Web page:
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Last Wednesday, I traveled to the beautiful campus of Colgate University to speak to the students of Colgate Christian Fellowship about faith and doubt and religious tension — the stuff I discuss in O Me of Little Faith. Colgate is in Hamilton, New York, a few miles southeast of Syracuse and a thousand miles northeast of my home in Texas.
The next day, during a layover at the Dallas/Fort Worth airport, I found myself waiting to board my flight back to Amarillo next to a guy who used to go to my church in the 1990s. I’m not sure we’d spoken for ten years. We exchanged the usual niceties and talked about where we’d each been. He knew I’d become a writer — my books have been featured a time or two in the local newspaper — but he seemed surprised that I’d traveled all the way to New York to speak to college kids. It turned into a pretty funny conversation, at least from my end, because I could totally read into his subtext.
“So, they flew you all the way up there?” he asked.
“Yes.” I explained to him how speaking gigs work. In most cases, the event organizers pay the travel expenses and I receive an honorarium for my time there.
“But…” he was fumbling for the right words, and then (I guess) decided to come right out and say it. “Why?”
I laughed. “Because I wrote a book. And I guess the people who put the event together liked my book, and wanted me to come talk about it.”
He still seemed surprised by this. Ten years ago, I was just this young guy from church. He asked, “So have you been to seminary?”
No. I haven’t been to seminary. I’m not a trained historian or theologian or even a licensed minister. But I’ve been reading and studying theology and history and religion for 15 years. I told him as much.
“Then what –” (Again, more stumbling for words.) “Why do they care what you have to say?”
I promise: that’s what he asked. I love how direct that is. It was so brazenly impolite I almost laughed. What gives you the right to get in a plane and get paid to talk to impressionable college students about faith? Who cares what YOU think?
And, to be honest, that’s a very good question.
My wife asked the same thing of me when I was writing Pocket Guide to the Apocalypse, which was my first foray into “real” theological/biblical stuff. She wondered why anyone would care what I had to say about the end of the world. (But, being my wife, she asked it in a much kinder way.)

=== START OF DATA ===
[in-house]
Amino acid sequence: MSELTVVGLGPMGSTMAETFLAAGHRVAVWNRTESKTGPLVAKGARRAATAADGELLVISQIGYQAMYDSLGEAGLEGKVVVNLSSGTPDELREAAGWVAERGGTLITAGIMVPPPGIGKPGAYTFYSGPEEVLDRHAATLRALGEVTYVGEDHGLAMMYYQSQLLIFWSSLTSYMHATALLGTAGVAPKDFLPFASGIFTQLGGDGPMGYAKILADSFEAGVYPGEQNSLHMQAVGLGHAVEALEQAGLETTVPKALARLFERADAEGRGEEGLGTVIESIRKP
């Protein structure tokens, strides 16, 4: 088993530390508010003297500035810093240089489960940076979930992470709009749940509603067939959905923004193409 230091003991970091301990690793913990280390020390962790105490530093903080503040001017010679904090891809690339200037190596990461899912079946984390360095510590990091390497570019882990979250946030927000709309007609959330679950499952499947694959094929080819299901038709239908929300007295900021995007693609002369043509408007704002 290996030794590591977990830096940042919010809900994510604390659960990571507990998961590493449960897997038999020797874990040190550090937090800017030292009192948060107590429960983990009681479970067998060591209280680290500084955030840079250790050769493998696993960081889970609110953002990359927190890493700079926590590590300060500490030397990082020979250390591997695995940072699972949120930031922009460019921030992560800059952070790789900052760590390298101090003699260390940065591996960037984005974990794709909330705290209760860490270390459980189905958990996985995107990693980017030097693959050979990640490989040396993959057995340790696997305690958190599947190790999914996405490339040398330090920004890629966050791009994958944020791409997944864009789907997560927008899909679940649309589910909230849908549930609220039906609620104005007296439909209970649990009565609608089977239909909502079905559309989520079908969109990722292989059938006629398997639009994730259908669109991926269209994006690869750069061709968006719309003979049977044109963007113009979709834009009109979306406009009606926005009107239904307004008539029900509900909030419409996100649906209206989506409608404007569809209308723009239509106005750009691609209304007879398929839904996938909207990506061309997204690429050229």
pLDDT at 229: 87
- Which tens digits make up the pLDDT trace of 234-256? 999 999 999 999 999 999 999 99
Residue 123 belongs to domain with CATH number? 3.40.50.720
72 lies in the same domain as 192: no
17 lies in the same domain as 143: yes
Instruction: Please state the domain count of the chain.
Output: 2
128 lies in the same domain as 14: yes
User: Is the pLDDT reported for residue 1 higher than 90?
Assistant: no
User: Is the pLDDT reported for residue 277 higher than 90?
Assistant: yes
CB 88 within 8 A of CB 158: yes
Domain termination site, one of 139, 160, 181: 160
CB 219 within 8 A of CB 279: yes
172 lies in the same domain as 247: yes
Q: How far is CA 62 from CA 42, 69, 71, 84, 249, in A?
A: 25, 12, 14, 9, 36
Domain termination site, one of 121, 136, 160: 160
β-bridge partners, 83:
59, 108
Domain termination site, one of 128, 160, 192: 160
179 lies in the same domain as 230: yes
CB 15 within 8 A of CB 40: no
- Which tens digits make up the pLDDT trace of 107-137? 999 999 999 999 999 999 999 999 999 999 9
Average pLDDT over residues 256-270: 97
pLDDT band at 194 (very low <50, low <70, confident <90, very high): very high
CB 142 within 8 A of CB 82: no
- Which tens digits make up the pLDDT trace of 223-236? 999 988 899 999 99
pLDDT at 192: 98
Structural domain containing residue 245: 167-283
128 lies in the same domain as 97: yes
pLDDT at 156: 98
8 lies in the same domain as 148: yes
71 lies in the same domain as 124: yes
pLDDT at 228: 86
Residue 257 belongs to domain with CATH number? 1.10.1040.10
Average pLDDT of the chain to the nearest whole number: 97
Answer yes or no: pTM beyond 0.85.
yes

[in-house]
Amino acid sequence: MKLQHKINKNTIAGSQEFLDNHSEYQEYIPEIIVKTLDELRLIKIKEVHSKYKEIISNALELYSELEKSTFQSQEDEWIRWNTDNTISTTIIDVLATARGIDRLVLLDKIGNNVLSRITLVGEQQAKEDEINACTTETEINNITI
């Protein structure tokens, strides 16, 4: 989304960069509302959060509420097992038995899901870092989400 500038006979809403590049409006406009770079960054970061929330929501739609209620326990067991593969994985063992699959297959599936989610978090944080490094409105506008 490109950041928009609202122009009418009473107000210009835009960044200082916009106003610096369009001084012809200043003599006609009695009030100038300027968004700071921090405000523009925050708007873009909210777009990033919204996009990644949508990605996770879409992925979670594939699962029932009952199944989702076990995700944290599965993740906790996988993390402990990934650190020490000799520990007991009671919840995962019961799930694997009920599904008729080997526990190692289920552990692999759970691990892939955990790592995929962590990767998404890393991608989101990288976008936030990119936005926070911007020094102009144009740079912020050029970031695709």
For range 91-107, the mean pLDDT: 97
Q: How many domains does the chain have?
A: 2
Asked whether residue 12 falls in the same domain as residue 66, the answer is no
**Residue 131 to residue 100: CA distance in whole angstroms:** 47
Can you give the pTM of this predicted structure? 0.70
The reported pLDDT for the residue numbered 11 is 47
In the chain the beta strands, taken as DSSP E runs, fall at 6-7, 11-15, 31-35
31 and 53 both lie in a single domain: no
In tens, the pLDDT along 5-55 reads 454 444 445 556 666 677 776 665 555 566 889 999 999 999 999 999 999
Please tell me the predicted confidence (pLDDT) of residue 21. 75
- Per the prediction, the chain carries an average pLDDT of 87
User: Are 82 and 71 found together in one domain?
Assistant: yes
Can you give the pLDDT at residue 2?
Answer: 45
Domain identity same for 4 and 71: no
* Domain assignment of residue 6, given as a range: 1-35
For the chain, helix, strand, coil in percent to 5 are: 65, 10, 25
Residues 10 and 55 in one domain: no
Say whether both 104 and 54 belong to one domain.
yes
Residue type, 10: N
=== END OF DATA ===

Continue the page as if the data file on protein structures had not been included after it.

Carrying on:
My answer to her back then — and to the guy at the airport last week — was that all I’m able to offer is my perspective. I hope it’s a fresh perspective and a helpful perspective and an entertaining perspective. And if I’m a good writer and communicator, others will be able to identify with that perspective and it will have meaning for them.
As for O Me of Little Faith, what gives me the right to talk to college students or anyone else about important matters of faith? Only that I have lived the things I talk and write about. I have experienced them, I have struggled with them, I can be honest about them, and in sharing my story I can (hopefully) offer something of value to my readers and listeners. The only justification I have is a willingness to communicate my story and invite others to reflect upon it with me.
What gives me the right to tell my story? The same thing that gives anyone the right to tell a story: humanity. Stories — whether they are fiction or real-life, whether they are religious or not — are the glue of our culture. People who tell stories are glue-spreaders. If you are good at telling stories, and if those stories are worth telling, then there’s no need to justify the fact that people might want to listen to them.
As a writer and a speaker, I have to earn the right to gain a hearing. In most cases, having written a book justifies my speaking career (though it also helps if you’re a decent public speaker). And having lived a life and being able to communicate it — with a distinct voice and perspective — helps justify my writing career. Also helpful? Having a publisher.
Anyway, why spend a whole blog post on self-justification? Because I thought it was a hilariously passive-aggressive conversation and I wanted to share the story. And because I suspect a lot of people have the same question of writers and speakers like me: Why should I care what you think?
The truth is: You shouldn’t care. Not until I’ve earned the right. Sharing my story as a writer and blogger is how I go about earning that right. Doing so with a unique perspective and an entertaining voice are how I go about earning that right. Telling the truth is how I go about earning that right.
But I do have to earn it.